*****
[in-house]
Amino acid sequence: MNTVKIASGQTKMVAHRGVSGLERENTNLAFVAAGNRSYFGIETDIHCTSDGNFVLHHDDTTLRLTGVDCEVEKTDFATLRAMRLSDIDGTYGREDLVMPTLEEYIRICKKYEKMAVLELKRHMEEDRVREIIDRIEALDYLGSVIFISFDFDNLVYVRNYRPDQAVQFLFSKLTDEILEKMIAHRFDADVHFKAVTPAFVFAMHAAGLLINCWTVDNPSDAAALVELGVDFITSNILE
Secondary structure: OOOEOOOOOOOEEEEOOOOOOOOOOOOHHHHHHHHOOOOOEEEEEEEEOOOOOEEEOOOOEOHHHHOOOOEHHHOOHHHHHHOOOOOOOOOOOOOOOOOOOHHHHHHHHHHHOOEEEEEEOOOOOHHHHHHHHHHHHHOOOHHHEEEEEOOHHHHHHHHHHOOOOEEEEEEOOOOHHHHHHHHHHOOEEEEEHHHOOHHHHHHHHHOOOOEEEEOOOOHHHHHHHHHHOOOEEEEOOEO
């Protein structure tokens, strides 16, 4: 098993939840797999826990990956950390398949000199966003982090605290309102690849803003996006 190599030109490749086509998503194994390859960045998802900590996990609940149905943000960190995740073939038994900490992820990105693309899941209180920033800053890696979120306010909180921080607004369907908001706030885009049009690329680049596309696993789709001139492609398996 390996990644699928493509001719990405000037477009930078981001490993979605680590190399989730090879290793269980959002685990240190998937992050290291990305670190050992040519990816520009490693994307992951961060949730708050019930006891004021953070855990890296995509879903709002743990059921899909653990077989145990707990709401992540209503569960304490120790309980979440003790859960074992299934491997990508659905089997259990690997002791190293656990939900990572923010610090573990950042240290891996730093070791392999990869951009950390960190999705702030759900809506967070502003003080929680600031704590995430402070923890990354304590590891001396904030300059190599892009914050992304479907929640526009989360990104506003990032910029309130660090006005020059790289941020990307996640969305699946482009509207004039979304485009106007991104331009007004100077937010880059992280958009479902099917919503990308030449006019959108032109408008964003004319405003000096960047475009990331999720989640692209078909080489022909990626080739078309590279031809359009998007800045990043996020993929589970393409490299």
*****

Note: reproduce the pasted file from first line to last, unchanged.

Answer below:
[in-house]
Amino acid sequence: MNTVKIASGQTKMVAHRGVSGLERENTNLAFVAAGNRSYFGIETDIHCTSDGNFVLHHDDTTLRLTGVDCEVEKTDFATLRAMRLSDIDGTYGREDLVMPTLEEYIRICKKYEKMAVLELKRHMEEDRVREIIDRIEALDYLGSVIFISFDFDNLVYVRNYRPDQAVQFLFSKLTDEILEKMIAHRFDADVHFKAVTPAFVFAMHAAGLLINCWTVDNPSDAAALVELGVDFITSNILE
Secondary structure: OOOEOOOOOOOEEEEOOOOOOOOOOOOHHHHHHHHOOOOOEEEEEEEEOOOOOEEEOOOOEOHHHHOOOOEHHHOOHHHHHHOOOOOOOOOOOOOOOOOOOHHHHHHHHHHHOOEEEEEEOOOOOHHHHHHHHHHHHHOOOHHHEEEEEOOHHHHHHHHHHOOOOEEEEEEOOOOHHHHHHHHHHOOEEEEEHHHOOHHHHHHHHHOOOOEEEEOOOOHHHHHHHHHHOOOEEEEOOEO
């Protein structure tokens, strides 16, 4: 098993939840797999826990990956950390398949000199966003982090605290309102690849803003996006 190599030109490749086509998503194994390859960045998802900590996990609940149905943000960190995740073939038994900490992820990105693309899941209180920033800053890696979120306010909180921080607004369907908001706030885009049009690329680049596309696993789709001139492609398996 390996990644699928493509001719990405000037477009930078981001490993979605680590190399989730090879290793269980959002685990240190998937992050290291990305670190050992040519990816520009490693994307992951961060949730708050019930006891004021953070855990890296995509879903709002743990059921899909653990077989145990707990709401992540209503569960304490120790309980979440003790859960074992299934491997990508659905089997259990690997002791190293656990939900990572923010610090573990950042240290891996730093070791392999990869951009950390960190999705702030759900809506967070502003003080929680600031704590995430402070923890990354304590590891001396904030300059190599892009914050992304479907929640526009989360990104506003990032910029309130660090006005020059790289941020990307996640969305699946482009509207004039979304485009106007991104331009007004100077937010880059992280958009479902099917919503990308030449006019959108032109408008964003004319405003000096960047475009990331999720989640692209078909080489022909990626080739078309590279031809359009998007800045990043996020993929589970393409490299």